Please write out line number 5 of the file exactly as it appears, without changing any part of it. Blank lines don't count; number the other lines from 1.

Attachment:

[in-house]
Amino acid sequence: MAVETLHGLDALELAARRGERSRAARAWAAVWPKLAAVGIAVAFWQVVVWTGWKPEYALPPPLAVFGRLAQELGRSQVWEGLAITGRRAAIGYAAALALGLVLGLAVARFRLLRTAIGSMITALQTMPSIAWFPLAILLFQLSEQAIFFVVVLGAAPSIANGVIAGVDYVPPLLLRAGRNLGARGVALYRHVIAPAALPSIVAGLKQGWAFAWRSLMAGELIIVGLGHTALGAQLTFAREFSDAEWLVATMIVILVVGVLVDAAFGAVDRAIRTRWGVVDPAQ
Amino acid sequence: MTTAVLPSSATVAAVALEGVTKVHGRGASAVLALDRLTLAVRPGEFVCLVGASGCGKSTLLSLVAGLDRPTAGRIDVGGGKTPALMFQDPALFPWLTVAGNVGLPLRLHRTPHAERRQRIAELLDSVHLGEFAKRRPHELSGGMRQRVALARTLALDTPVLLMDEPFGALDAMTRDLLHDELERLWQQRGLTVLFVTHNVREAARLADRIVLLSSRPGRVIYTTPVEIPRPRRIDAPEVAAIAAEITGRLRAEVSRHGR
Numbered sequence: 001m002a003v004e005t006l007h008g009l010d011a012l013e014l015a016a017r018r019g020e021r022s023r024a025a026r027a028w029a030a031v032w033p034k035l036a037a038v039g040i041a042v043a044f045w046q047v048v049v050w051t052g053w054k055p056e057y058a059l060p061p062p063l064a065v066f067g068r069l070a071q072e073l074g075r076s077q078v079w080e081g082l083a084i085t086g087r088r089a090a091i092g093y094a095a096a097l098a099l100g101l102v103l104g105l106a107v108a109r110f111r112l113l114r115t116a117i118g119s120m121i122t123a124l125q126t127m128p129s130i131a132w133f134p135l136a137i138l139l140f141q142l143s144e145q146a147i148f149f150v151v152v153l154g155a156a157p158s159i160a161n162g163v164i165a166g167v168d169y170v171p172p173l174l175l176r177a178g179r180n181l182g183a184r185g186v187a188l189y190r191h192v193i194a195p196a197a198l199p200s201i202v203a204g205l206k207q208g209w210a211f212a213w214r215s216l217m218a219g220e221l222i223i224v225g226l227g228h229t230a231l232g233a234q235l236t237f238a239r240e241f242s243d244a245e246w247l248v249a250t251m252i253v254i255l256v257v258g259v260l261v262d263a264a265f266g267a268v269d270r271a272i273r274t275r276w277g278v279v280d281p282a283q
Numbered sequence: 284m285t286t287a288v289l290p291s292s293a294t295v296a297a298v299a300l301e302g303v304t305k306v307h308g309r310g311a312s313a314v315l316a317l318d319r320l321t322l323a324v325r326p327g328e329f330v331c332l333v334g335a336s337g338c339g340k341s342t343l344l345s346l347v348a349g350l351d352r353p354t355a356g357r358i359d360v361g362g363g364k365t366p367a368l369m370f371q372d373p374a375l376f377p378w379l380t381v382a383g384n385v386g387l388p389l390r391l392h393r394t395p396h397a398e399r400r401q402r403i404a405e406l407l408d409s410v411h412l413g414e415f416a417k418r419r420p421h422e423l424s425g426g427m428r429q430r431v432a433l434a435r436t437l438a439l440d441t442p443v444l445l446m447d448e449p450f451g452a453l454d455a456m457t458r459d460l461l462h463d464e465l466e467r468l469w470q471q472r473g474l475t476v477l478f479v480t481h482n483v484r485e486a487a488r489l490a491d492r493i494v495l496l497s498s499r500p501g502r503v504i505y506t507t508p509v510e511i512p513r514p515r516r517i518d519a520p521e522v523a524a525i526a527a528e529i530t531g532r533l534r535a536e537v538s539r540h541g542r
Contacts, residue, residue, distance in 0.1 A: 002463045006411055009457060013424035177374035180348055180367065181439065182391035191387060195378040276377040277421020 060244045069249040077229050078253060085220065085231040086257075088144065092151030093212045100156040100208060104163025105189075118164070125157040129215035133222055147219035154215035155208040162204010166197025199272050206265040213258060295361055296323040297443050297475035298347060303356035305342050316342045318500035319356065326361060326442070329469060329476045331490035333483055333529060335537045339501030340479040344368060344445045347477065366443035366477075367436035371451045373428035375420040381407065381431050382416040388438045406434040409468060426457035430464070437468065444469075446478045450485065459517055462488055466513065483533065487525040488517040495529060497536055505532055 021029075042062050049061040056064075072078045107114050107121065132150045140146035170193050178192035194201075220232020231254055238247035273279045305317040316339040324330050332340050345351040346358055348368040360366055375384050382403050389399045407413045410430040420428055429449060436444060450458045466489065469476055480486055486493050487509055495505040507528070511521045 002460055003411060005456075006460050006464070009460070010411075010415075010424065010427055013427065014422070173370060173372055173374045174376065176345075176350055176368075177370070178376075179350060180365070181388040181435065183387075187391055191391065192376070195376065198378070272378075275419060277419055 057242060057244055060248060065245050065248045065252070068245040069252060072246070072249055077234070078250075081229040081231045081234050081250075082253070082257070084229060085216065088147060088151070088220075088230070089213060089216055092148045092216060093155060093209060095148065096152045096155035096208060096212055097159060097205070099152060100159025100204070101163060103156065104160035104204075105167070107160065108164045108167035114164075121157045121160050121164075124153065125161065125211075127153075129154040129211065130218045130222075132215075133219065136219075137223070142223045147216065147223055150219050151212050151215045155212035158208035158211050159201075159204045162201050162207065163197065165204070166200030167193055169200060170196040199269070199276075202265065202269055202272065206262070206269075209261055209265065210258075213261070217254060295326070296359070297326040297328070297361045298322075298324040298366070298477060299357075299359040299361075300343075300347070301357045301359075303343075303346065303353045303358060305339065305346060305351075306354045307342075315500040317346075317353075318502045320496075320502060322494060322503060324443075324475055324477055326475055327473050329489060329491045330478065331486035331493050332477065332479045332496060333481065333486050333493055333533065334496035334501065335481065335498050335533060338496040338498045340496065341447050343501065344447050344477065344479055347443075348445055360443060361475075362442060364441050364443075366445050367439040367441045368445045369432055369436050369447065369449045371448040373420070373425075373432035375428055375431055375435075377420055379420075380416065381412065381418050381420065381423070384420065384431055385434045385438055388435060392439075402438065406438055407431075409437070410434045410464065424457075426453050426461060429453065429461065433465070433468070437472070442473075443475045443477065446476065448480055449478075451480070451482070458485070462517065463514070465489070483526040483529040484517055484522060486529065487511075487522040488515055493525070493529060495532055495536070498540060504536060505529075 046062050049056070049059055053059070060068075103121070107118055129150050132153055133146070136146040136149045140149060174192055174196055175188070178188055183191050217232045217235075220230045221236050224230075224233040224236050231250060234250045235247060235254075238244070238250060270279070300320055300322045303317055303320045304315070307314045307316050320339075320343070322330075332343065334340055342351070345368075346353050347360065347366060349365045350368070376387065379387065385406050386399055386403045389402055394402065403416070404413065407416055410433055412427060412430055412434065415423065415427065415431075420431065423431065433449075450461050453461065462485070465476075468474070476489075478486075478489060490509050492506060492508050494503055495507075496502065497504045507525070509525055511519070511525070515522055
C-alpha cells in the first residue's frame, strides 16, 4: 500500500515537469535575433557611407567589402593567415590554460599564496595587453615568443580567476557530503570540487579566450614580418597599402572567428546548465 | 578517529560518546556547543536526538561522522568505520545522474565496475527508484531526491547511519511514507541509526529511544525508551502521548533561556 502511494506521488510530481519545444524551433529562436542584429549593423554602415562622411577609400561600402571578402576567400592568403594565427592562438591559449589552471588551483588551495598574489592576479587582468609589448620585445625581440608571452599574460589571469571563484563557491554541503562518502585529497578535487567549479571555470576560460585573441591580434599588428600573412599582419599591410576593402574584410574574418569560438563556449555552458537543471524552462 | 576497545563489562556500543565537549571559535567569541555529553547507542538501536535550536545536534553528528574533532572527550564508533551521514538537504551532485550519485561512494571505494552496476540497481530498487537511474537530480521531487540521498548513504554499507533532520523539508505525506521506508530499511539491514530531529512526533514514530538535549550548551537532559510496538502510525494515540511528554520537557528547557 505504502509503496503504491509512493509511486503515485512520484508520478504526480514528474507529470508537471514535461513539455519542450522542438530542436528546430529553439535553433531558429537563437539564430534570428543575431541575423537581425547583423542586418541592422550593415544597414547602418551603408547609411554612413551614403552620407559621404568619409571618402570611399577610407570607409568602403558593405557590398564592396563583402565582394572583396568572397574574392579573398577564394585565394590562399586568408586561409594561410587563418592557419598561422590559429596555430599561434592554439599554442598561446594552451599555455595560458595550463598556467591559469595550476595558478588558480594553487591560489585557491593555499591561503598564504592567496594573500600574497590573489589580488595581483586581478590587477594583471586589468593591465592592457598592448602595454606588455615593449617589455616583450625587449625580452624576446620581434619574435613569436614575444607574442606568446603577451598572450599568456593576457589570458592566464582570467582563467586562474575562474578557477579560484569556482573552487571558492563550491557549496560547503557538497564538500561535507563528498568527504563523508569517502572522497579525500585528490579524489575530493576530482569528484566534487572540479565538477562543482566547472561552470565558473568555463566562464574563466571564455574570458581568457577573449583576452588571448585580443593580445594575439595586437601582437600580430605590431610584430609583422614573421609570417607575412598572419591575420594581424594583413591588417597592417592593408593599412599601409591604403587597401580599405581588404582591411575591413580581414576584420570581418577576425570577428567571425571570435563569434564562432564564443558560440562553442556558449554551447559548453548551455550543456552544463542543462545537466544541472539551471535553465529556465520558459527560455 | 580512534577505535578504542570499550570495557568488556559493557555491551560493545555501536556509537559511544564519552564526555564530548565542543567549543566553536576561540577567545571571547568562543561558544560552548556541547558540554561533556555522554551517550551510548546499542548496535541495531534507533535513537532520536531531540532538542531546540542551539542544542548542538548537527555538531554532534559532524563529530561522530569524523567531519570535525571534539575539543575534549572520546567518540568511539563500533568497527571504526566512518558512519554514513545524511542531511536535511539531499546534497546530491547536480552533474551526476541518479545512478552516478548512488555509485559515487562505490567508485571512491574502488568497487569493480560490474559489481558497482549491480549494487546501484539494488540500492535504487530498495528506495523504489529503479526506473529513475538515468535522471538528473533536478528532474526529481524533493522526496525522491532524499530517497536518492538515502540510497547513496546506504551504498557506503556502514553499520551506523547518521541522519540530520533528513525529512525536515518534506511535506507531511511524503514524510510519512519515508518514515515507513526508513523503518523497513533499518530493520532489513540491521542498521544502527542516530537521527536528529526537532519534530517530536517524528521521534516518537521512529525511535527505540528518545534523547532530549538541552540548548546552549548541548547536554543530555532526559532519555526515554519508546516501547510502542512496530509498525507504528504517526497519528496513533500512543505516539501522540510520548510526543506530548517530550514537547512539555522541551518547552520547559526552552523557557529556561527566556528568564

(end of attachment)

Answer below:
Numbered sequence: 284m285t286t287a288v289l290p291s292s293a294t295v296a297a298v299a300l301e302g303v304t305k306v307h308g309r310g311a312s313a314v315l316a317l318d319r320l321t322l323a324v325r326p327g328e329f330v331c332l333v334g335a336s337g338c339g340k341s342t343l344l345s346l347v348a349g350l351d352r353p354t355a356g357r358i359d360v361g362g363g364k365t366p367a368l369m370f371q372d373p374a375l376f377p378w379l380t381v382a383g384n385v386g387l388p389l390r391l392h393r394t395p396h397a398e399r400r401q402r403i404a405e406l407l408d409s410v411h412l413g414e415f416a417k418r419r420p421h422e423l424s425g426g427m428r429q430r431v432a433l434a435r436t437l438a439l440d441t442p443v444l445l446m447d448e449p450f451g452a453l454d455a456m457t458r459d460l461l462h463d464e465l466e467r468l469w470q471q472r473g474l475t476v477l478f479v480t481h482n483v484r485e486a487a488r489l490a491d492r493i494v495l496l497s498s499r500p501g502r503v504i505y506t507t508p509v510e511i512p513r514p515r516r517i518d519a520p521e522v523a524a525i526a527a528e529i530t531g532r533l534r535a536e537v538s539r540h541g542r